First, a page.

FIVE YEARS LATER
To make fair living wages a reality for garment workers around the world, there are certain steps that must be taken. If you skip the first steps because you are eager to hurry things up, you will end up with a shaky foundation that does not contribute to systemic change. The first steps are all about creating mechanisms, processes and collaborations – as well as a new mind-set. Indeed, complex and not very straight-forward things to communicate around, but essential when it comes to making fair living wages a reality for garment workers. That is what we have been working towards these past five years.
A solid foundation
Summing up, we can see that the processes are beginning to fall into place: by empowering garment workers and making fair negotiations possible, we have formed industry collaborations, thus making big leaps for the entire industry realistic. We have also improved our purchasing practices to ensure that they support fair living wages, for example by excluding labour costs from price negotiations. And most importantly, within the industry approach ACT, we have, together with 19 other brands and the global union IndustriALL that represents garment workers, paved the way for a true game-changer and turning point for the industry: collective bargaining agreements at industry level. Thus the first steps in creating a solid foundation for fair living wages have been taken. Even if our work is long term and we never held expectations of fair living wages by 2018, we can see some important progress when it comes to wages.
No magic button
When trying something no one has tried before, there is no silver bullet, no magic button you can press that provides the answer. You need to consult experts, trust your own experience, collaborate with others who share your vision and, most importantly of all, you need to stick to realistic solutions that will create real and systemic change, even if they take time. And you need to be patient. This is how all of us who work at H&M group are contributing towards our mission of improving garment workers’ wages.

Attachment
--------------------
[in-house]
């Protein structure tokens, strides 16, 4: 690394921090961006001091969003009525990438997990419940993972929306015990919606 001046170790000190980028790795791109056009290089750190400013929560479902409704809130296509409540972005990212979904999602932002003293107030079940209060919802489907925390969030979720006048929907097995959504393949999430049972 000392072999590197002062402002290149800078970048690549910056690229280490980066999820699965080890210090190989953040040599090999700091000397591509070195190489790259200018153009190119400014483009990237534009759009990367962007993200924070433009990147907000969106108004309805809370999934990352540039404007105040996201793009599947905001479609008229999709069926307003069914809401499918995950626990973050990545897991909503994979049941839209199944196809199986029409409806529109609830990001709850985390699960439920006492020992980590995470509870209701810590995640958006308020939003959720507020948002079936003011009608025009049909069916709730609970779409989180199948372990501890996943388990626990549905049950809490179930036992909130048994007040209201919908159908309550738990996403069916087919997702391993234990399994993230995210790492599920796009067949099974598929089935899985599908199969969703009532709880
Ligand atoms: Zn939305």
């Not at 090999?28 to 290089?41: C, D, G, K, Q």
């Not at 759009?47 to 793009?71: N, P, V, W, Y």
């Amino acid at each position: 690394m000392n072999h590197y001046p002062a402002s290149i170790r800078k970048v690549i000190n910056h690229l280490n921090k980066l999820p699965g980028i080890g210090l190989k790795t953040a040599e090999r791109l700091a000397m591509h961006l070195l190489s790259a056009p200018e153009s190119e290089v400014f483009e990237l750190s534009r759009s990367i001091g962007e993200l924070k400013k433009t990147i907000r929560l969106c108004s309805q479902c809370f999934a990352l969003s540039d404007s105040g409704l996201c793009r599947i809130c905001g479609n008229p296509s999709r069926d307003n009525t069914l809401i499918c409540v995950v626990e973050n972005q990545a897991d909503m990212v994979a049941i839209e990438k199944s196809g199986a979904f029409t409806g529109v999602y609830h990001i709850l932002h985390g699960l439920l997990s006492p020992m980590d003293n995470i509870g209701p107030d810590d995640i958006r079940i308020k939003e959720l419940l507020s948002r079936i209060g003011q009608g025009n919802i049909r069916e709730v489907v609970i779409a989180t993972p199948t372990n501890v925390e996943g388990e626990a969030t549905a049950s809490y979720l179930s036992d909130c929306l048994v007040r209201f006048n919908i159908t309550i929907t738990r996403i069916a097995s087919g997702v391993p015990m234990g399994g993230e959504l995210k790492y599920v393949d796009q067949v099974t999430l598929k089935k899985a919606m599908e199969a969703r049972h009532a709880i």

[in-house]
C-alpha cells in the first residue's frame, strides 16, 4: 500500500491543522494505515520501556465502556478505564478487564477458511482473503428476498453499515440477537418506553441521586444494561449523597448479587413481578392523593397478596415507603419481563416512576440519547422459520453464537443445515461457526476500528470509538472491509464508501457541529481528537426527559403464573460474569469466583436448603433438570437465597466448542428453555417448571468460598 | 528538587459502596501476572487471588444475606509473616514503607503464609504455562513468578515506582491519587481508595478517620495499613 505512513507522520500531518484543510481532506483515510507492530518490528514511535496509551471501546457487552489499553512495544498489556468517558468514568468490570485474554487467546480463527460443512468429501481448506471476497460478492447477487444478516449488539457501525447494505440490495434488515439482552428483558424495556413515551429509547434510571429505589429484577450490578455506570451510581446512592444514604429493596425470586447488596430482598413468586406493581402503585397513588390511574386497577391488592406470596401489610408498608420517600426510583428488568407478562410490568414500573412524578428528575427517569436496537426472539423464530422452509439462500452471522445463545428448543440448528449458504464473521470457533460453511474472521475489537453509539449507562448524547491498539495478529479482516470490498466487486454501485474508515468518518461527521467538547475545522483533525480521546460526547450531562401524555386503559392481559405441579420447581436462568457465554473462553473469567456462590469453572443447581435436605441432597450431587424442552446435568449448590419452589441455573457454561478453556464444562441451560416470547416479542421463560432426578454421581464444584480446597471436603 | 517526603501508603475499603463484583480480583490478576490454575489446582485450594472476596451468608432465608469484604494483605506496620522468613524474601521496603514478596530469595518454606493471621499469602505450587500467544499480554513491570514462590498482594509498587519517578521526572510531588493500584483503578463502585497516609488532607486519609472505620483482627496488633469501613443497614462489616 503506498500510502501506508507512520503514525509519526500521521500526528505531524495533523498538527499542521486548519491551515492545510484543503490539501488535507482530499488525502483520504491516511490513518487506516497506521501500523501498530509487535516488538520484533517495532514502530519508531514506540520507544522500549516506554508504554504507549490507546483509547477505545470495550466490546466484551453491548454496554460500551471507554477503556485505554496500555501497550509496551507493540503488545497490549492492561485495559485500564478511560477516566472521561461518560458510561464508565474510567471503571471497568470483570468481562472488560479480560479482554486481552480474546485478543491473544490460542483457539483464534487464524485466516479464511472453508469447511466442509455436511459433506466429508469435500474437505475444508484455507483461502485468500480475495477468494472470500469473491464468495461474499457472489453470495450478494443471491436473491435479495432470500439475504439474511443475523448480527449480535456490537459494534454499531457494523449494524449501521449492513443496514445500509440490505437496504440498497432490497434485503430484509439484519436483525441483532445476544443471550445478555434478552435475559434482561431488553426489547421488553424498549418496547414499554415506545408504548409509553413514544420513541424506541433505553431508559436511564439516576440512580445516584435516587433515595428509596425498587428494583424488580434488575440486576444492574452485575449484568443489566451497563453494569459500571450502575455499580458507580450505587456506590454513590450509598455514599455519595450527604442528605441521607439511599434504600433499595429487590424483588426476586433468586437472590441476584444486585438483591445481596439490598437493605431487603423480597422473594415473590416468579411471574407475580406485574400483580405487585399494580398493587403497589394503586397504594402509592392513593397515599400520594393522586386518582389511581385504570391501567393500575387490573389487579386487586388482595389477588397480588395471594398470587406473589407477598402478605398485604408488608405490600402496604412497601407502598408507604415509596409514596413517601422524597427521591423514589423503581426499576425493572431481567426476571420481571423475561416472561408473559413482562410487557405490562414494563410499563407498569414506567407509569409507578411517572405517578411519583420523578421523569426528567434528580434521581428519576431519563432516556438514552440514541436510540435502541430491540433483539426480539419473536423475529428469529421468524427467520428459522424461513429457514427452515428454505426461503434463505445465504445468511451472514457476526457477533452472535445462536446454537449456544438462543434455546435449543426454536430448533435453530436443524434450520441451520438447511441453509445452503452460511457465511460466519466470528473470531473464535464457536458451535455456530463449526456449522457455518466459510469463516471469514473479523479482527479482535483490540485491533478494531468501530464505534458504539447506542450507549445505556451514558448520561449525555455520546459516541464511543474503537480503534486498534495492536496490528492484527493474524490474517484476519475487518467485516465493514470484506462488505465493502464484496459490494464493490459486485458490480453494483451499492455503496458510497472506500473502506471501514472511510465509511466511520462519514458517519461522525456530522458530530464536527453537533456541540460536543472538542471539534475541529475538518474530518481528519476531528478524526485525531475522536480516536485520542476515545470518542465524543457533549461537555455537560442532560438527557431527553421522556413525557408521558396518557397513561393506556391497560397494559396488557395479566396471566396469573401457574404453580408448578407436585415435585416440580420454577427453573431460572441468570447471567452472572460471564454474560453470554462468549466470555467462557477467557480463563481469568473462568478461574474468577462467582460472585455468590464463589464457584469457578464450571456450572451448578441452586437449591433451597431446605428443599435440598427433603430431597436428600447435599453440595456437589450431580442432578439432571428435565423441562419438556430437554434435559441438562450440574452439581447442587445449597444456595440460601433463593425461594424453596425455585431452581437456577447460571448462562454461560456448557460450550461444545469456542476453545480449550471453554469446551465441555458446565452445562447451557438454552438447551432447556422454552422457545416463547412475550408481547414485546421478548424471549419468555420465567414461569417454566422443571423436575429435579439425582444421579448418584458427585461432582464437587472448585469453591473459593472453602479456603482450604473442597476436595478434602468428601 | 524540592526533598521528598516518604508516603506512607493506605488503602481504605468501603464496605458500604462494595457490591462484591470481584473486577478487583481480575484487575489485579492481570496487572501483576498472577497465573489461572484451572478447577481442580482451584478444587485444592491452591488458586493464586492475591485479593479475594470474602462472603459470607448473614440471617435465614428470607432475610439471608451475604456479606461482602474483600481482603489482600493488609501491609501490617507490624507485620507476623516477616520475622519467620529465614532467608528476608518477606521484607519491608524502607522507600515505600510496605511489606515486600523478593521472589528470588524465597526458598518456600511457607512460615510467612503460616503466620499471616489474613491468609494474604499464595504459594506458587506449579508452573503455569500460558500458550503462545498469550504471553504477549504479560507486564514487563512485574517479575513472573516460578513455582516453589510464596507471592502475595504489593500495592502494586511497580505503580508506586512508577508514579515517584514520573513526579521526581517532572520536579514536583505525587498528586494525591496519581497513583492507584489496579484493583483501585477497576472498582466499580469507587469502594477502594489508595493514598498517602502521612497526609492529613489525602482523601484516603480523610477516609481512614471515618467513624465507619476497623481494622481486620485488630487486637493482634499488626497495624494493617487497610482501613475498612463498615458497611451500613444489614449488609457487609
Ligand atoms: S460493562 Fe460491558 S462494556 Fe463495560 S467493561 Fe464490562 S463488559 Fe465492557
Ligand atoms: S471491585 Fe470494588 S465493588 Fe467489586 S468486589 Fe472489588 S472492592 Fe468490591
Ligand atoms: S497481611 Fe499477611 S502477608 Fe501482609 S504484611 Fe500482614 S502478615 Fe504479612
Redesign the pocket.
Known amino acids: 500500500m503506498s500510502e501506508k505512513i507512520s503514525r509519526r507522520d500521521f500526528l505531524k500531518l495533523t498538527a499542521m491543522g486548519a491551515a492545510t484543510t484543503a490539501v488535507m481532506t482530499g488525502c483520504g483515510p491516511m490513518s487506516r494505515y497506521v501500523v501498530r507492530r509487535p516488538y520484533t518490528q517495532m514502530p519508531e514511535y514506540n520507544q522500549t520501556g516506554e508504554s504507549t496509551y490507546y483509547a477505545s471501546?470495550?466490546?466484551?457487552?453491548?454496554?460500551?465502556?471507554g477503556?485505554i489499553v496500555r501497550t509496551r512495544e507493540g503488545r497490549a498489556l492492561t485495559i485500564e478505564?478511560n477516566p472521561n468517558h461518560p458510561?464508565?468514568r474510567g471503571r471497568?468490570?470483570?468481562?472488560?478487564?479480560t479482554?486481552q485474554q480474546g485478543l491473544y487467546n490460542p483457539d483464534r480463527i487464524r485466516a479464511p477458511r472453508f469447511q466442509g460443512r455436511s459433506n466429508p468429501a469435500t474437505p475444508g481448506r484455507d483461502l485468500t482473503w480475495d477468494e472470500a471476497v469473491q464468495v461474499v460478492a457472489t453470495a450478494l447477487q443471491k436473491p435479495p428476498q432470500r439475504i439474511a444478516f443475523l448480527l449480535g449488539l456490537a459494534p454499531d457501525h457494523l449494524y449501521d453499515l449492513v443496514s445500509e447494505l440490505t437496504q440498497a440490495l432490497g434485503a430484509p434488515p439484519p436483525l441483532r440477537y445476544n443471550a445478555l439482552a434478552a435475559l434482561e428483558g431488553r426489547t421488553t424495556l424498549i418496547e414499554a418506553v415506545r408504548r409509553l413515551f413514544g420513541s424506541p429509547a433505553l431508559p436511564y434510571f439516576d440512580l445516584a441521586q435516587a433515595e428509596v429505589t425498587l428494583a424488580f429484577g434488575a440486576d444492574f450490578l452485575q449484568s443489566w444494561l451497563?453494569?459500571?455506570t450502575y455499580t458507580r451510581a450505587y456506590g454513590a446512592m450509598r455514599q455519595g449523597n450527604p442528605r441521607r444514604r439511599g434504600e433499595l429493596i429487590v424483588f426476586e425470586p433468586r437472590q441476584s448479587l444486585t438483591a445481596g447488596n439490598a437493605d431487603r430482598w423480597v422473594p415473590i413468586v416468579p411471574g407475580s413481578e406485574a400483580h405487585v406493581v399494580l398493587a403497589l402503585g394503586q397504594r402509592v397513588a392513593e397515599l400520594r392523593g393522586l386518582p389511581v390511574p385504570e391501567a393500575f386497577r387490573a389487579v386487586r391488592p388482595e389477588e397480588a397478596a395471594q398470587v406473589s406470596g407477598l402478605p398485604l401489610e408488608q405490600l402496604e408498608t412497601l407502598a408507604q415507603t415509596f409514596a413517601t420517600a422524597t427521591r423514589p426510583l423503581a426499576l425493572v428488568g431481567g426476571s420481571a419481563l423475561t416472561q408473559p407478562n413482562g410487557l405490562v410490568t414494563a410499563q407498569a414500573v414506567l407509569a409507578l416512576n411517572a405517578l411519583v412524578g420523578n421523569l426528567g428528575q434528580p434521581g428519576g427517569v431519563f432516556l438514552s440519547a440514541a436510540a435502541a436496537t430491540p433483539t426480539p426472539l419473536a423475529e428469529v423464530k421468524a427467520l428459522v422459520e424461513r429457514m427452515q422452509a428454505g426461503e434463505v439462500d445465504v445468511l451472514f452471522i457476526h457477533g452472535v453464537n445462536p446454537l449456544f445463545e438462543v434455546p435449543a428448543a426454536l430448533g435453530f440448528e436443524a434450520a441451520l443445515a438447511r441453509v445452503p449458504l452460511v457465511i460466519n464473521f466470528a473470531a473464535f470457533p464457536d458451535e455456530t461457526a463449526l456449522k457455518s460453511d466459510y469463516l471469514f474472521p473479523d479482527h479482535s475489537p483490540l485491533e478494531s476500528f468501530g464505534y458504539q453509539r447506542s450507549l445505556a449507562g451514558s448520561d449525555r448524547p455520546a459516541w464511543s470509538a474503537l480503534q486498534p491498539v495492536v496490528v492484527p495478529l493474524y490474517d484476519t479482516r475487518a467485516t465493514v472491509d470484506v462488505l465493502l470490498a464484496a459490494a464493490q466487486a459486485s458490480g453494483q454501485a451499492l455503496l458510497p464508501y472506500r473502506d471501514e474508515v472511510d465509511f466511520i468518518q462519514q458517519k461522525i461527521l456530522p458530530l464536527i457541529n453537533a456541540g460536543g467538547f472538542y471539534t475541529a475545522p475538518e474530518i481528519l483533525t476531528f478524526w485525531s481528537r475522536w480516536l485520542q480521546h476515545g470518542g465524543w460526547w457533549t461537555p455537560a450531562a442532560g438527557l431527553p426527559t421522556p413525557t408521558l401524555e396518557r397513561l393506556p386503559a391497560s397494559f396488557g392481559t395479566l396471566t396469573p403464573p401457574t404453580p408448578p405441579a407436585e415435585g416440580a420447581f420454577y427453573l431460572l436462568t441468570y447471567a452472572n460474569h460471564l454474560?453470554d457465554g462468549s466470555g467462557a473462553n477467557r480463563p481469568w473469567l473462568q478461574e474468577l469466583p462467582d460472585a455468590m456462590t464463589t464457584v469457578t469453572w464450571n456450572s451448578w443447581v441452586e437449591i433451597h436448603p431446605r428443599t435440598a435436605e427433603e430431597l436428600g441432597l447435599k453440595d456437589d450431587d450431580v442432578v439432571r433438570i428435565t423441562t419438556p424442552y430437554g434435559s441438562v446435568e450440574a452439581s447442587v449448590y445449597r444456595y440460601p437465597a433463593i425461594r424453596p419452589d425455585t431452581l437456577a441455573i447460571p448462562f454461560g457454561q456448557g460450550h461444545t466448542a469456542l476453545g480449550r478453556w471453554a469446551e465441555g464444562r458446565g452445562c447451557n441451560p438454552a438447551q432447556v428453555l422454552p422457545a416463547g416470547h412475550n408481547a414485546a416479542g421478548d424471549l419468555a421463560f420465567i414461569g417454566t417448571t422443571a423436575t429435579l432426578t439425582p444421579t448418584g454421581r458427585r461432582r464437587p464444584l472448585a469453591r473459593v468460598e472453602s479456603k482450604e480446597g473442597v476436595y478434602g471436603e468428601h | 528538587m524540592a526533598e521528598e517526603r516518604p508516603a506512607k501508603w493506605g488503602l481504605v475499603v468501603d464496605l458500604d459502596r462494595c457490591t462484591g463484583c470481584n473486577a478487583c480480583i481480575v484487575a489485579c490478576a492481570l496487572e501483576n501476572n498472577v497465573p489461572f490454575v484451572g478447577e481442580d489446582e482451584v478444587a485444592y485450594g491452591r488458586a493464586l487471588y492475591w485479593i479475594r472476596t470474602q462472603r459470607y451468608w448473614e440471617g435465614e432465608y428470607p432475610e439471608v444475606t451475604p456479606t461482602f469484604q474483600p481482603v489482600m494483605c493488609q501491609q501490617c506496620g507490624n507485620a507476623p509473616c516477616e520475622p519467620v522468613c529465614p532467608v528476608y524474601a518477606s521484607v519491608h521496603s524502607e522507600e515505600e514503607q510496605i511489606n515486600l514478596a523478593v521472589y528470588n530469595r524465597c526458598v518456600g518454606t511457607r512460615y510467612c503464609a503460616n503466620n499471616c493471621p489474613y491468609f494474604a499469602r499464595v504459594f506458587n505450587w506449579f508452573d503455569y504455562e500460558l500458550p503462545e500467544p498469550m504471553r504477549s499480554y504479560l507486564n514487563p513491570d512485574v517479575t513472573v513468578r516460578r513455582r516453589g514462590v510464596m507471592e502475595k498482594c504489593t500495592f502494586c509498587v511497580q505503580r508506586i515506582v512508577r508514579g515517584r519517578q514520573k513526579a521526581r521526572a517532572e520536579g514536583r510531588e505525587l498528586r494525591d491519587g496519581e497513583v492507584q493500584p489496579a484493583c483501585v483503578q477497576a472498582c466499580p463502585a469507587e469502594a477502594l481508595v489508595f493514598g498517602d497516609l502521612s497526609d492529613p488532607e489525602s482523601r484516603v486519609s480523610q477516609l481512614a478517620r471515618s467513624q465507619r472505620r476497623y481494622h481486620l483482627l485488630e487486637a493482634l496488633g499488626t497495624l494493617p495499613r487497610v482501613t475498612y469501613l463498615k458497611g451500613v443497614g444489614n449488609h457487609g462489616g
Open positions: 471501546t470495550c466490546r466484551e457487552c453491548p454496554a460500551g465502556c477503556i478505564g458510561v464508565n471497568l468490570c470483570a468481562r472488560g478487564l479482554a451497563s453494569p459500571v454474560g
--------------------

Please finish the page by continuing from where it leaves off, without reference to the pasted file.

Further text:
In 2013, we decided to tell the world that we wanted to try to change the fact that wages in many garment-producing countries were below any meaningful understanding of living wage. We wanted to figure out how garment workers around the world could earn a fair living wage. We presented a plan at The Conference on Living Wages in International Supply Chains, a plan we developed in close consultation with experts, trade unions, suppliers and NGOs. A plan we have mainly stuck to, but also revised, since we are learning by doing – as we are testing things that nobody in our industry has ever done before.
What did we promise?
Some would say we stuck our neck out. And it stirred up a debate – one that has been going on ever since. What did we promise? Are we genuine or is it a PR stunt? Are we doing the right thing? Are we doing anything at all?
Our plan was to create a new mindset at the supplier factories, but also within our own company – because it certainly goes both ways. It was about implementing the right processes needed to instigate fair negotiations. It was about finding the right collaborations at industry level that would make it possible to transform the whole industry.
We also presented goals around this complex topic – goals that focused on implementing the necessary mechanisms that would enable wage increases. More specifically, they focused on the supplier’s ability to recognise the workers’ performance and efforts, and allow garment workers to be represented by democratically elected worker representatives. We also set out to create industry collaborations that would help to ensure that brands’ purchasing practices support wage increases.
Now the time has come to work out the next steps, in dialogue with existing and new partners. We hold on to our vision that all garment workers should earn a fair living wage and our commitment is stronger than ever. Do you want to know more? Please see our latest press release on this topic.
Jenny Fagerlin, Global Social Sustainability Manager, H&M group,
who has worked on the Fair Living Wage strategy since the very first day.